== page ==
- The pace of globalisation: How will trade patterns change due to digital trade and emerging trade barriers?
- Challenges in resource use: Will continuing gains in efficiency in the use of materials lead to smooth growth or could supply bottlenecks emerge?
How would assumptions on megatrends change the modelling baseline?
The figure below shows the range of GDP projections for the EU27+UK under different assumptions for various megatrends, compared with our ‘standard’ baseline and the associated low-carbon scenario.
By 2050 the difference between the standard baseline and the estimates using more optimistic or pessimistic assumptions on global megatrends could be as large as +/- 10%.
The red line represents the GDP trajectory when low-carbon policies are added to the standard modelling baseline. If one of the more extreme megatrend cases were treated as the baseline, the outcome under the low-carbon scenario could look quite different (even though the ‘impact compared to baseline’ is the same).
Why does all this matter?
Low-carbon policies involve a major structural change to the economy.
In fact, the structural change is far more important than the relatively small scale of the overall macroeconomic change (for countries and regions that are not heavily reliant on fossil fuel production).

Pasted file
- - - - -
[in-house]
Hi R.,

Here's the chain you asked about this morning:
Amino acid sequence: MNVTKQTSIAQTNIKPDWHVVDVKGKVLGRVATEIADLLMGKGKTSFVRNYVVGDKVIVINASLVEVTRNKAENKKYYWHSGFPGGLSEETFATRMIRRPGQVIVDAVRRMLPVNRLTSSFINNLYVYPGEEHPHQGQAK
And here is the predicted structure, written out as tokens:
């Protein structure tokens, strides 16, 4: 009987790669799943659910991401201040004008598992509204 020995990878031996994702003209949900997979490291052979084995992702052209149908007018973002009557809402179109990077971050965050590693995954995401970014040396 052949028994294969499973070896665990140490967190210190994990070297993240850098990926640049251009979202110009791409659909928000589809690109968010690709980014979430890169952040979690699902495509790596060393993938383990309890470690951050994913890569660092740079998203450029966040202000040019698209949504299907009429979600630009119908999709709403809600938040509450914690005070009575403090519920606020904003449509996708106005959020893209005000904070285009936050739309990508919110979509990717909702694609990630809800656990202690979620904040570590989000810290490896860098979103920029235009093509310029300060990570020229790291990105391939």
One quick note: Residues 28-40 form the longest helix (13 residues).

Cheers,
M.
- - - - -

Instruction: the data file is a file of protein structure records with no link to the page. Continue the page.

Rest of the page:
But the context in which those structural changes are going on really matters, not least for political feasibility. If there were already substantial disruption to jobs as a result of automation, the additional impacts of low-carbon policies might be resisted fiercely.
The combined effects of megatrends and low-carbon policies
The graph below shows the compound GDP and employment impacts of the megatrends and low-carbon policies by 2050 compared to the standard modelling baseline for the EU27+UK.
Each dot represents the result of a scenario with different assumptions for technological change (T1-T5), demographic change (D1-D5), globalization (G1-G5) and resource use (R1-R5).
The results show that demographic and technological trends are the strongest drivers. Demographic scenarios can have positive and negative impacts, depending on their assumptions on the fertility rate, mortality, migration and welfare policies of the EU.
In E3ME the negative impacts of automation dominate, as employment losses reduce household incomes, consumption and output. Changes in resource efficiency and tariffs have moderate impacts. In this modelling exercise, the compound GDP impacts are mostly driven by the megatrend effects and the low-carbon transition is a more moderate addition.
This modelling exercise shows the strong differences in the projections of main economic indicators based on assumptions on global megatrends. It is a powerful reminder of the importance of modelling assumptions and the inclusion of different trends when planning low-carbon policies in a dynamically changing world.
To learn more about this modelling and on the implications of the transition to a climate neutral economy for jobs and skills, join Corporate Leaders Group Europe for the webinar launch of Working towards a climate neutral Europe: Jobs and skills in a changing world, Tuesday 28 April, 11:00-12:30 (CET).
A whole team of economists are involved in this project. They are: Richard Lewney, Dora Fazekas, Hector Pollitt, Unnada Chewpreecha, Bence Kiss-Dobronyi and Xinru Lin. Please feel free to contact me with any technical queries.